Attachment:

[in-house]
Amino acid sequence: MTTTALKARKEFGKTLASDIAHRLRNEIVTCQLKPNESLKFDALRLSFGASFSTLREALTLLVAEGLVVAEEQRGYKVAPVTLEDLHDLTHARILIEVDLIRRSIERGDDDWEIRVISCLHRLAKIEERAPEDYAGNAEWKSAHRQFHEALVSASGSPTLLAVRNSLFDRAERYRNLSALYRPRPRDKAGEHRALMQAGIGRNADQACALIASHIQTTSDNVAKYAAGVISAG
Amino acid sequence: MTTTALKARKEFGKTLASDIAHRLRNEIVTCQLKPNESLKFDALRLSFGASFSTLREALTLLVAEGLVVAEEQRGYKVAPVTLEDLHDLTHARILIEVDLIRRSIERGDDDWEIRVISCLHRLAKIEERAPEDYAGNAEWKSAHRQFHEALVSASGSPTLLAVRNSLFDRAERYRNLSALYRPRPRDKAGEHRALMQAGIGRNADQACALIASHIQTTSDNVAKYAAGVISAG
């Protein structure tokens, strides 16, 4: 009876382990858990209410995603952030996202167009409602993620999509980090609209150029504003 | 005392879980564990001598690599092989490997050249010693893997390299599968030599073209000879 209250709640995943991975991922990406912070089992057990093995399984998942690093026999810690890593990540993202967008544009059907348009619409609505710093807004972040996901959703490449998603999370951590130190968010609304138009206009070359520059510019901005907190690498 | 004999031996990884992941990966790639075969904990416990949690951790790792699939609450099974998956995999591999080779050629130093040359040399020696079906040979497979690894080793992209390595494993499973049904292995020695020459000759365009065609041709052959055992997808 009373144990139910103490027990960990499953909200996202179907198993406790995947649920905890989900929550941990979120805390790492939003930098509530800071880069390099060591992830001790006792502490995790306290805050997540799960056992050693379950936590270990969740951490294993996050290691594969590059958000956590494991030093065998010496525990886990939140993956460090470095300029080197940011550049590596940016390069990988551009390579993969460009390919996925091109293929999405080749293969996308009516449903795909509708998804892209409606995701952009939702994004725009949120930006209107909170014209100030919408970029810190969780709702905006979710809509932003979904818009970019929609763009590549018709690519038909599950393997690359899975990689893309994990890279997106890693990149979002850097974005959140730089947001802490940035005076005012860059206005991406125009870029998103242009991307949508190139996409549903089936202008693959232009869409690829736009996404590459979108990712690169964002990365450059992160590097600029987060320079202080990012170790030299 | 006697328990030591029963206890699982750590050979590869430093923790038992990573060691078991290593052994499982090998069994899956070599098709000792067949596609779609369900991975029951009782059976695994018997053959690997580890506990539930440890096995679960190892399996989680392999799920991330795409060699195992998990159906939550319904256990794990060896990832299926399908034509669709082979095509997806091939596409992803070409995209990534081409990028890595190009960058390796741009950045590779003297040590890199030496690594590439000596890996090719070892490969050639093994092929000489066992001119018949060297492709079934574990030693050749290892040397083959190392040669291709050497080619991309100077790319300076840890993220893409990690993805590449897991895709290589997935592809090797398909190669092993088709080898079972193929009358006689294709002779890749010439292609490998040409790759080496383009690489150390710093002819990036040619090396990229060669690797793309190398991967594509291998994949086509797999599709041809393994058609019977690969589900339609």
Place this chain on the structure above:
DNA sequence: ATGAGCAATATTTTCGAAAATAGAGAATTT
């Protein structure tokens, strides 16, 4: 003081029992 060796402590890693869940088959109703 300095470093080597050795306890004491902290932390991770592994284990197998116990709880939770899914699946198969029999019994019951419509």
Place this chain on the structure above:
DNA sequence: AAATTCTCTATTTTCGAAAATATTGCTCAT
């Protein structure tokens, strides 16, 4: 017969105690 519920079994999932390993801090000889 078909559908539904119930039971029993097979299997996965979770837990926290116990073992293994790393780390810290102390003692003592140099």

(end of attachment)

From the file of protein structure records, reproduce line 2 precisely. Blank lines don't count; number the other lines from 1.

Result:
Amino acid sequence: MTTTALKARKEFGKTLASDIAHRLRNEIVTCQLKPNESLKFDALRLSFGASFSTLREALTLLVAEGLVVAEEQRGYKVAPVTLEDLHDLTHARILIEVDLIRRSIERGDDDWEIRVISCLHRLAKIEERAPEDYAGNAEWKSAHRQFHEALVSASGSPTLLAVRNSLFDRAERYRNLSALYRPRPRDKAGEHRALMQAGIGRNADQACALIASHIQTTSDNVAKYAAGVISAG